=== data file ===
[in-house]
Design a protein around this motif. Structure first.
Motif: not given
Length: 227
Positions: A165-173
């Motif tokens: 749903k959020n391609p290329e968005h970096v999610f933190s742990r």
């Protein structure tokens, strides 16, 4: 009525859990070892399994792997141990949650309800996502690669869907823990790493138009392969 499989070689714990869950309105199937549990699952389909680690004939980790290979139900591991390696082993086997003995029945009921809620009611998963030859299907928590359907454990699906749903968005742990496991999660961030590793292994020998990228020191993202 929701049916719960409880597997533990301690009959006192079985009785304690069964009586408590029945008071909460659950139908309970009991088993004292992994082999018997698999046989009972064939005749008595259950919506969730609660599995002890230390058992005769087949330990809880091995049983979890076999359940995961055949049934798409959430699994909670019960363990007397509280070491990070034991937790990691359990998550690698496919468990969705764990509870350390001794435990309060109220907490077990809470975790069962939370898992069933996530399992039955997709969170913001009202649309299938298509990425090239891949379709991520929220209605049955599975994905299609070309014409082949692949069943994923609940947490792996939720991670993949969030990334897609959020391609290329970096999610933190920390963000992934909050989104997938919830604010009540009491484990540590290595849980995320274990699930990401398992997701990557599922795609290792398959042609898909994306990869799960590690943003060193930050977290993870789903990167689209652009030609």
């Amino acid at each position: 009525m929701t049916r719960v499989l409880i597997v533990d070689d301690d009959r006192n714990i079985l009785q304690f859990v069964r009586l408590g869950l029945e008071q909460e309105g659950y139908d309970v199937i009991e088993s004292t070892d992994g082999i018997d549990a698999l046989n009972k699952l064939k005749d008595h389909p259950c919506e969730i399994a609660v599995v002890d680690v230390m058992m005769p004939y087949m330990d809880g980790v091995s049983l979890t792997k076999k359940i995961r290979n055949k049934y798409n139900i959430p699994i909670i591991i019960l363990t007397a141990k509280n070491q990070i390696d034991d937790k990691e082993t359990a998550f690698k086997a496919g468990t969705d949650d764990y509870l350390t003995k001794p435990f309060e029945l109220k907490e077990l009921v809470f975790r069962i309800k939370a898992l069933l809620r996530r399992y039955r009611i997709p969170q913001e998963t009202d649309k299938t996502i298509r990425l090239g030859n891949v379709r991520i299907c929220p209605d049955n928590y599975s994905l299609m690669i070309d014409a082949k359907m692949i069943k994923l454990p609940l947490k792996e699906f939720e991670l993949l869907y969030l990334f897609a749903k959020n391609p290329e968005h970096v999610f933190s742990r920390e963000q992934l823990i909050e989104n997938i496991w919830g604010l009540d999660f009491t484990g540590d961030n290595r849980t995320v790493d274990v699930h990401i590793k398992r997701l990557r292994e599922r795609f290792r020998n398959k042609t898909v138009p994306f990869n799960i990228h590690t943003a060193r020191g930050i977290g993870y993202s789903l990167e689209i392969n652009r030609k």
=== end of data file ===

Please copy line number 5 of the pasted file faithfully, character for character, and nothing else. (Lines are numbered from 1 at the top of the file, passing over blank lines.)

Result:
Positions: A165-173